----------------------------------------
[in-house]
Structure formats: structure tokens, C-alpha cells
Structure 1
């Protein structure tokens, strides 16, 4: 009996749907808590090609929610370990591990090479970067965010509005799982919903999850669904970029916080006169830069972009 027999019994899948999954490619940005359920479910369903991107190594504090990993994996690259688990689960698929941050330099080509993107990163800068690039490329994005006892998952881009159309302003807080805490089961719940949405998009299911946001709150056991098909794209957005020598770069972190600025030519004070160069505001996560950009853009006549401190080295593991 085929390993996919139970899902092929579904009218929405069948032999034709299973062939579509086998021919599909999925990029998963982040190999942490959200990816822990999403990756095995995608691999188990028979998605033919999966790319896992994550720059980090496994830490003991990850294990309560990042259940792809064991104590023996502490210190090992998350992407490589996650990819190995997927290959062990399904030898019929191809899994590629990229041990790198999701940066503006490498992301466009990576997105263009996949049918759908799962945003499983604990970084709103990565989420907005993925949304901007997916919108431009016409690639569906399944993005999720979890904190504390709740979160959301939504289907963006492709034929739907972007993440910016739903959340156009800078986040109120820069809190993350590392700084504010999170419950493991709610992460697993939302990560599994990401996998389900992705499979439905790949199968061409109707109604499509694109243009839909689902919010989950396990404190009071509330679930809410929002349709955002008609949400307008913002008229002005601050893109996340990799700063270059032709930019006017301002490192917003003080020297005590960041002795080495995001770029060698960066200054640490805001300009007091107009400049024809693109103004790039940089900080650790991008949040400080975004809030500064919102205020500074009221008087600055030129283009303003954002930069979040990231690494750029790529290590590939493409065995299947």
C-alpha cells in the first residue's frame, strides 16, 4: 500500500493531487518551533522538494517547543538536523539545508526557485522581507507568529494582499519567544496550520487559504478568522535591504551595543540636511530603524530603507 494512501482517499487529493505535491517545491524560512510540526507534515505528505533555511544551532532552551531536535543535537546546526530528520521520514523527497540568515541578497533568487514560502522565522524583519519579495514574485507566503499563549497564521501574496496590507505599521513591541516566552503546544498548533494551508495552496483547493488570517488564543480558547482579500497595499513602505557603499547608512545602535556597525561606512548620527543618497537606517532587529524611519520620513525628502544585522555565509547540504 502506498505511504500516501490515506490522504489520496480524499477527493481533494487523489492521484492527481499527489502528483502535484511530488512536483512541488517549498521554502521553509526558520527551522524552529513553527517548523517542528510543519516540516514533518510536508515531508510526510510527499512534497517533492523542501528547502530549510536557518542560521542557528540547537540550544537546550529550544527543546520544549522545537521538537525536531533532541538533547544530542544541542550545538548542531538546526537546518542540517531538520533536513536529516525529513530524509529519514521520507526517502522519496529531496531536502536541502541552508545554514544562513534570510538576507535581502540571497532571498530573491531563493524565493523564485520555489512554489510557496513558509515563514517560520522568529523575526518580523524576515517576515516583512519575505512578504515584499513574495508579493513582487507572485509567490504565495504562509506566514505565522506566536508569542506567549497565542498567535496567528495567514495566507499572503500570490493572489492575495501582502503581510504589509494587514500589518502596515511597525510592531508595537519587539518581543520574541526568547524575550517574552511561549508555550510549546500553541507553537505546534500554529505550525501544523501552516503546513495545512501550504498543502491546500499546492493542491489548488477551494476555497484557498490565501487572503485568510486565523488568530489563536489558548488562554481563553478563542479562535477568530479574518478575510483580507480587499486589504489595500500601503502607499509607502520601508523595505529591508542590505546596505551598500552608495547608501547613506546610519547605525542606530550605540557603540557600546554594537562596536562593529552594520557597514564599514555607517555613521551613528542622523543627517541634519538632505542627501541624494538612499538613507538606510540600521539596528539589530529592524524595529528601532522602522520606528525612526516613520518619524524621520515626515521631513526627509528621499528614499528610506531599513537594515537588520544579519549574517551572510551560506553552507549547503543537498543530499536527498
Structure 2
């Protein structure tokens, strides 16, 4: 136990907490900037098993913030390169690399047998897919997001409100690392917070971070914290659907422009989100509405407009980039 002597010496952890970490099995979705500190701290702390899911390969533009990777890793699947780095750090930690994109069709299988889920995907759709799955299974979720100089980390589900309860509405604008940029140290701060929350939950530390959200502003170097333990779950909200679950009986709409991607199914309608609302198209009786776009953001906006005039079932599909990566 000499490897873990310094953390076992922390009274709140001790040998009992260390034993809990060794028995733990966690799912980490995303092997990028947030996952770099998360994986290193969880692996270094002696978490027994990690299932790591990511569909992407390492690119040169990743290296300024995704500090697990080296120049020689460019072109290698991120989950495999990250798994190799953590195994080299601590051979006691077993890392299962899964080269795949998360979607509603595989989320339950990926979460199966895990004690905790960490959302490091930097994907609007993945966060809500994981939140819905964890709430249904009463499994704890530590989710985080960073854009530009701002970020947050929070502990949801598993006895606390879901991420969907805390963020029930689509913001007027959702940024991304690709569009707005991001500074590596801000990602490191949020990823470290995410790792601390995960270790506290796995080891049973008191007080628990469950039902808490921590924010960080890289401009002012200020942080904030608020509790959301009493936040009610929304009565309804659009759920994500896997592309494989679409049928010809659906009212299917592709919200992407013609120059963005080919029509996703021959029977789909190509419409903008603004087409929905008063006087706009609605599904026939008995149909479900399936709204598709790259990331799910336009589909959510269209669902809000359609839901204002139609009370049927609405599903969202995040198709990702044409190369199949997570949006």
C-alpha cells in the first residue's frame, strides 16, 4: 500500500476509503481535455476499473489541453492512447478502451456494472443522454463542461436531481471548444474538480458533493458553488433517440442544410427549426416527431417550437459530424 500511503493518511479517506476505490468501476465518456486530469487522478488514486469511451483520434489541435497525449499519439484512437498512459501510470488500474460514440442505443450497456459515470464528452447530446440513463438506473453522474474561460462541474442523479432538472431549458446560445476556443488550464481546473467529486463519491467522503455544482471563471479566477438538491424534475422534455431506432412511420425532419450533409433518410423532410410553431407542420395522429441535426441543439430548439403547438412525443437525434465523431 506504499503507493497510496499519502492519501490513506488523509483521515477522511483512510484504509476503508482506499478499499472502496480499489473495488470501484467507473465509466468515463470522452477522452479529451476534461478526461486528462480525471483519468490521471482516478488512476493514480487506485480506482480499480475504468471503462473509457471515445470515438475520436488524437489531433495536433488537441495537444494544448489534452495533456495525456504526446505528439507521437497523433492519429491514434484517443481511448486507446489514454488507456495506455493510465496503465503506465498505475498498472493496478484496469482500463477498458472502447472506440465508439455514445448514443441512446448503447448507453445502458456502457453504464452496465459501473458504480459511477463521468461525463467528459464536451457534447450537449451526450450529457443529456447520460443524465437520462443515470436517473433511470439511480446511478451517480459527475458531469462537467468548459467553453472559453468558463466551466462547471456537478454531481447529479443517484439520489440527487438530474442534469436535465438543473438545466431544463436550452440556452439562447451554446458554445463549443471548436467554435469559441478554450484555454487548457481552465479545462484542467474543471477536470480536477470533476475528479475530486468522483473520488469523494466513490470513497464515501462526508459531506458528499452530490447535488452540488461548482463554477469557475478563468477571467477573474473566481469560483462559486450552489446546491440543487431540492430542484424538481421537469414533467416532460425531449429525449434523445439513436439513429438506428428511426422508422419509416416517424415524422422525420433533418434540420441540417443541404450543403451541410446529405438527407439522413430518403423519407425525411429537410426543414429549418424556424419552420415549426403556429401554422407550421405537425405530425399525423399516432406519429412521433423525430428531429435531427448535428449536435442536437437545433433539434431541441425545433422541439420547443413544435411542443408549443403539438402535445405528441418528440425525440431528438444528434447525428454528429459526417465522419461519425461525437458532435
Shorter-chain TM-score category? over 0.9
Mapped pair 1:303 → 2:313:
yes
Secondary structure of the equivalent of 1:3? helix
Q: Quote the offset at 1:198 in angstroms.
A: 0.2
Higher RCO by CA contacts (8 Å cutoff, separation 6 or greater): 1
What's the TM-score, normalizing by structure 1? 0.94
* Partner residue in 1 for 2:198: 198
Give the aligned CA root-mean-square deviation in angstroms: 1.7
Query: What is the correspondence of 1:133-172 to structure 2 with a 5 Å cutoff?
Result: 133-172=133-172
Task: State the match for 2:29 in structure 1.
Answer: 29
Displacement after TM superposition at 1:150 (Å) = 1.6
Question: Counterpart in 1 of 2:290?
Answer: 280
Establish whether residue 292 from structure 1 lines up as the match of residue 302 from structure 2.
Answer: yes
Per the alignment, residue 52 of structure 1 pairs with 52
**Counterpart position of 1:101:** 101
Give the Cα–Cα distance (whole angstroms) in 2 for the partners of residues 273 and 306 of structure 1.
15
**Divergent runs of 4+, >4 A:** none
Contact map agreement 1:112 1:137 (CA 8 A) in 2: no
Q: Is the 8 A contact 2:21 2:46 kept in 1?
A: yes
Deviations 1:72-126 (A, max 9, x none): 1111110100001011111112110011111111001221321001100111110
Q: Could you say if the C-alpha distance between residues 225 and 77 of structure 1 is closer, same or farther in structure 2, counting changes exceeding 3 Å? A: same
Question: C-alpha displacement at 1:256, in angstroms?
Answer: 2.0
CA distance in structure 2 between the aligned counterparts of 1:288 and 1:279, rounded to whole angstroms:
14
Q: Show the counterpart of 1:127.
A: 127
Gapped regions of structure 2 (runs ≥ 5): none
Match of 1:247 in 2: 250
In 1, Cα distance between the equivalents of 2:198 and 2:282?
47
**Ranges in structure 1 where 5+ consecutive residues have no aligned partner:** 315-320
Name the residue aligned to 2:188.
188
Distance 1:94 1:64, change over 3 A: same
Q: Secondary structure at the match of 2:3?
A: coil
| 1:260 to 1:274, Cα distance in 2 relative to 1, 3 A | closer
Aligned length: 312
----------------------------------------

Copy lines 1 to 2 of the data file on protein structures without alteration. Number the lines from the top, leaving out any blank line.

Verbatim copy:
[in-house]
Structure formats: structure tokens, C-alpha cells